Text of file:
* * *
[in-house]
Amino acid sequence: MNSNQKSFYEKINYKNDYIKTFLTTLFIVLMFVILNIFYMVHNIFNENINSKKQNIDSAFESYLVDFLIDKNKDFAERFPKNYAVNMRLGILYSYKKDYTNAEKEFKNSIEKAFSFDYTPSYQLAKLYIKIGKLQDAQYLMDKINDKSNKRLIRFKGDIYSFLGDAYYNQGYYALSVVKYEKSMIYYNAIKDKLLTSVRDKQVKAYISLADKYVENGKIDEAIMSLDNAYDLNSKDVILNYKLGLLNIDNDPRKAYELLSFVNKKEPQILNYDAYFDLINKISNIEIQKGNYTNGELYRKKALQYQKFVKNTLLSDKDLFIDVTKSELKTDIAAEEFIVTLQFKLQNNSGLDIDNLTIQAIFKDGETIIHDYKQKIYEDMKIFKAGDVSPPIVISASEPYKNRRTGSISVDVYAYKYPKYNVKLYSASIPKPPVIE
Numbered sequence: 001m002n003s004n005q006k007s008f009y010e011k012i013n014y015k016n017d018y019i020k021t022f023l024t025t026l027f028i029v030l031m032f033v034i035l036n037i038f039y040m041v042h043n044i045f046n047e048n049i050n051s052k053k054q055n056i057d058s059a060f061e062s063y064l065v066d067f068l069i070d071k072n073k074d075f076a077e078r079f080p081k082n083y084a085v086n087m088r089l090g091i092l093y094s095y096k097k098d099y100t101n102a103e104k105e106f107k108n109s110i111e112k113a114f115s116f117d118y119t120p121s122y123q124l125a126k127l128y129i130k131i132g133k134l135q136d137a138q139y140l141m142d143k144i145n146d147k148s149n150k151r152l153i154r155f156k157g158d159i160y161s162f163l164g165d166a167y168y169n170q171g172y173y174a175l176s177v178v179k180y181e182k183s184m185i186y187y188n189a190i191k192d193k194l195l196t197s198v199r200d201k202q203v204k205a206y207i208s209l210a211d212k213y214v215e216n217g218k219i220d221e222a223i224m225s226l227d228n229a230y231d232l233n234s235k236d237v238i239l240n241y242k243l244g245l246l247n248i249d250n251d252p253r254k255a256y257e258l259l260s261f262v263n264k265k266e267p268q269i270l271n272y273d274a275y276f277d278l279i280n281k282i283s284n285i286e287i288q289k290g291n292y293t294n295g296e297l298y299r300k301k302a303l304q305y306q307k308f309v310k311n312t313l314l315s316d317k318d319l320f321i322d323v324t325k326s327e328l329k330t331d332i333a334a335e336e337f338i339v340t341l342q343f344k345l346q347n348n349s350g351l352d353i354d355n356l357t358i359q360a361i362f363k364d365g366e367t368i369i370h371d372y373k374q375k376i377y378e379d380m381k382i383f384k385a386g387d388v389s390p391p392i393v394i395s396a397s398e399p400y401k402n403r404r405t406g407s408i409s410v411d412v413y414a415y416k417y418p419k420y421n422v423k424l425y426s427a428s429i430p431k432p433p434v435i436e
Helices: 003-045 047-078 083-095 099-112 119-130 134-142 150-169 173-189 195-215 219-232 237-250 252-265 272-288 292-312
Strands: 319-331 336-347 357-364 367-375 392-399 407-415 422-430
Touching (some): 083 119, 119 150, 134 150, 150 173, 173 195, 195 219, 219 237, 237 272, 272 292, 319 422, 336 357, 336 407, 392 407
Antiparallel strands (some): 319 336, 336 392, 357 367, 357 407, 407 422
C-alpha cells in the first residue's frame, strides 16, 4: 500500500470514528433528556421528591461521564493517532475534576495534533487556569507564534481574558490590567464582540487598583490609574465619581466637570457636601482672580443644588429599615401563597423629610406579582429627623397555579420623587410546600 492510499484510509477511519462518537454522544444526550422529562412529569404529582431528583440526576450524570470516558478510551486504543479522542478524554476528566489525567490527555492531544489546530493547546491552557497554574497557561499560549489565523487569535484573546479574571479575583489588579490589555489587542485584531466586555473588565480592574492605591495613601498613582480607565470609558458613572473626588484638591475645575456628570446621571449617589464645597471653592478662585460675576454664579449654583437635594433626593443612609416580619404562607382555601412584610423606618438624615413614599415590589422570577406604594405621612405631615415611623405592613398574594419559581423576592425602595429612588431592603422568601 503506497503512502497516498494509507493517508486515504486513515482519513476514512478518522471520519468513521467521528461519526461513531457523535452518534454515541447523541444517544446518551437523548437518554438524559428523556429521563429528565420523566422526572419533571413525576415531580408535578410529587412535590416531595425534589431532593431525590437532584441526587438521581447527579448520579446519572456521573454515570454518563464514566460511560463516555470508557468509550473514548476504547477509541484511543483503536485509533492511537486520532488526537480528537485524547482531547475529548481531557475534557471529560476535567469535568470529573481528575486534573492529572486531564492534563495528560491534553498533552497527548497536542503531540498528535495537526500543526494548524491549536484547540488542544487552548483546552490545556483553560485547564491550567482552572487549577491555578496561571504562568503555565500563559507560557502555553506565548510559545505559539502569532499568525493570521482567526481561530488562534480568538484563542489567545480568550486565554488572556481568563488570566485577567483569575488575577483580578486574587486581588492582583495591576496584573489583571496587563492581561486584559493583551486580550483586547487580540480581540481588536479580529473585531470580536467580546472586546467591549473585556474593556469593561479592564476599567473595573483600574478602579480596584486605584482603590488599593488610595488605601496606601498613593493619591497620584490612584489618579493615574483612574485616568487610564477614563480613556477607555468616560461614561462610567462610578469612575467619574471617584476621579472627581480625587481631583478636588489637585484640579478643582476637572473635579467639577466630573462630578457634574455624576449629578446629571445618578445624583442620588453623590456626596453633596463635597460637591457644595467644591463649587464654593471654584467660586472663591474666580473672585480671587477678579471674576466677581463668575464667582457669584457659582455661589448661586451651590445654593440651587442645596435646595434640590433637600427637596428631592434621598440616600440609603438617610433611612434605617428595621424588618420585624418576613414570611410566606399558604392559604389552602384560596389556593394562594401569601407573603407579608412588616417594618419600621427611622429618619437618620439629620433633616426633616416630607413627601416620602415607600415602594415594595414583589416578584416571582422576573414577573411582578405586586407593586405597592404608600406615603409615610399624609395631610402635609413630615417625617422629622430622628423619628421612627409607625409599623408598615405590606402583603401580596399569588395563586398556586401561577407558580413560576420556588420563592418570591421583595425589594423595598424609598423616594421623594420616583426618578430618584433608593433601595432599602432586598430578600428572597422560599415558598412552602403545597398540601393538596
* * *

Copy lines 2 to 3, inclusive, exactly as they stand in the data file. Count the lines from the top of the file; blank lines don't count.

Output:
Amino acid sequence: MNSNQKSFYEKINYKNDYIKTFLTTLFIVLMFVILNIFYMVHNIFNENINSKKQNIDSAFESYLVDFLIDKNKDFAERFPKNYAVNMRLGILYSYKKDYTNAEKEFKNSIEKAFSFDYTPSYQLAKLYIKIGKLQDAQYLMDKINDKSNKRLIRFKGDIYSFLGDAYYNQGYYALSVVKYEKSMIYYNAIKDKLLTSVRDKQVKAYISLADKYVENGKIDEAIMSLDNAYDLNSKDVILNYKLGLLNIDNDPRKAYELLSFVNKKEPQILNYDAYFDLINKISNIEIQKGNYTNGELYRKKALQYQKFVKNTLLSDKDLFIDVTKSELKTDIAAEEFIVTLQFKLQNNSGLDIDNLTIQAIFKDGETIIHDYKQKIYEDMKIFKAGDVSPPIVISASEPYKNRRTGSISVDVYAYKYPKYNVKLYSASIPKPPVIE
Numbered sequence: 001m002n003s004n005q006k007s008f009y010e011k012i013n014y015k016n017d018y019i020k021t022f023l024t025t026l027f028i029v030l031m032f033v034i035l036n037i038f039y040m041v042h043n044i045f046n047e048n049i050n051s052k053k054q055n056i057d058s059a060f061e062s063y064l065v066d067f068l069i070d071k072n073k074d075f076a077e078r079f080p081k082n083y084a085v086n087m088r089l090g091i092l093y094s095y096k097k098d099y100t101n102a103e104k105e106f107k108n109s110i111e112k113a114f115s116f117d118y119t120p121s122y123q124l125a126k127l128y129i130k131i132g133k134l135q136d137a138q139y140l141m142d143k144i145n146d147k148s149n150k151r152l153i154r155f156k157g158d159i160y161s162f163l164g165d166a167y168y169n170q171g172y173y174a175l176s177v178v179k180y181e182k183s184m185i186y187y188n189a190i191k192d193k194l195l196t197s198v199r200d201k202q203v204k205a206y207i208s209l210a211d212k213y214v215e216n217g218k219i220d221e222a223i224m225s226l227d228n229a230y231d232l233n234s235k236d237v238i239l240n241y242k243l244g245l246l247n248i249d250n251d252p253r254k255a256y257e258l259l260s261f262v263n264k265k266e267p268q269i270l271n272y273d274a275y276f277d278l279i280n281k282i283s284n285i286e287i288q289k290g291n292y293t294n295g296e297l298y299r300k301k302a303l304q305y306q307k308f309v310k311n312t313l314l315s316d317k318d319l320f321i322d323v324t325k326s327e328l329k330t331d332i333a334a335e336e337f338i339v340t341l342q343f344k345l346q347n348n349s350g351l352d353i354d355n356l357t358i359q360a361i362f363k364d365g366e367t368i369i370h371d372y373k374q375k376i377y378e379d380m381k382i383f384k385a386g387d388v389s390p391p392i393v394i395s396a397s398e399p400y401k402n403r404r405t406g407s408i409s410v411d412v413y414a415y416k417y418p419k420y421n422v423k424l425y426s427a428s429i430p431k432p433p434v435i436e